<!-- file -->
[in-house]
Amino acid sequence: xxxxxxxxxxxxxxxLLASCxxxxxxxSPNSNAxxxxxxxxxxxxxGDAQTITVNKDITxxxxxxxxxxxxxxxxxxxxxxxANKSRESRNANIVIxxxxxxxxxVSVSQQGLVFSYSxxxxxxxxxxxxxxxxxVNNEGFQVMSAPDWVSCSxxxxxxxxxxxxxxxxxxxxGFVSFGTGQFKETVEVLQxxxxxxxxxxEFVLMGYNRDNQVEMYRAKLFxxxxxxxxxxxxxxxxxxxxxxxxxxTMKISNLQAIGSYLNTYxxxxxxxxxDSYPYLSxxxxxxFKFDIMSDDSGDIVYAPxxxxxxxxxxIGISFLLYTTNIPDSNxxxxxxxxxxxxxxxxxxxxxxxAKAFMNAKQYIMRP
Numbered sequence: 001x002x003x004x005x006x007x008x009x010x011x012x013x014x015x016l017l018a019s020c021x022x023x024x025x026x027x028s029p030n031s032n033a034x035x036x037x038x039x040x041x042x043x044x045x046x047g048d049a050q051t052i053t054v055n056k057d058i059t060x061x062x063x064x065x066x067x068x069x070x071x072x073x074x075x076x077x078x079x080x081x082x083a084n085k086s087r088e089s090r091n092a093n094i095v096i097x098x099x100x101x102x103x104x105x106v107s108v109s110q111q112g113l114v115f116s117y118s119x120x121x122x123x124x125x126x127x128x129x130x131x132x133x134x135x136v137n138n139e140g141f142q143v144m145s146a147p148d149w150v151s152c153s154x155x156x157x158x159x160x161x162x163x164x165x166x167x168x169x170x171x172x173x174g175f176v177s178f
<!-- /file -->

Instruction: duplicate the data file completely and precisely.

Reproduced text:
[in-house]
Amino acid sequence: xxxxxxxxxxxxxxxLLASCxxxxxxxSPNSNAxxxxxxxxxxxxxGDAQTITVNKDITxxxxxxxxxxxxxxxxxxxxxxxANKSRESRNANIVIxxxxxxxxxVSVSQQGLVFSYSxxxxxxxxxxxxxxxxxVNNEGFQVMSAPDWVSCSxxxxxxxxxxxxxxxxxxxxGFVSFGTGQFKETVEVLQxxxxxxxxxxEFVLMGYNRDNQVEMYRAKLFxxxxxxxxxxxxxxxxxxxxxxxxxxTMKISNLQAIGSYLNTYxxxxxxxxxDSYPYLSxxxxxxFKFDIMSDDSGDIVYAPxxxxxxxxxxIGISFLLYTTNIPDSNxxxxxxxxxxxxxxxxxxxxxxxAKAFMNAKQYIMRP
Numbered sequence: 001x002x003x004x005x006x007x008x009x010x011x012x013x014x015x016l017l018a019s020c021x022x023x024x025x026x027x028s029p030n031s032n033a034x035x036x037x038x039x040x041x042x043x044x045x046x047g048d049a050q051t052i053t054v055n056k057d058i059t060x061x062x063x064x065x066x067x068x069x070x071x072x073x074x075x076x077x078x079x080x081x082x083a084n085k086s087r088e089s090r091n092a093n094i095v096i097x098x099x100x101x102x103x104x105x106v107s108v109s110q111q112g113l114v115f116s117y118s119x120x121x122x123x124x125x126x127x128x129x130x131x132x133x134x135x136v137n138n139e140g141f142q143v144m145s146a147p148d149w150v151s152c153s154x155x156x157x158x159x160x161x162x163x164x165x166x167x168x169x170x171x172x173x174g175f176v177s178f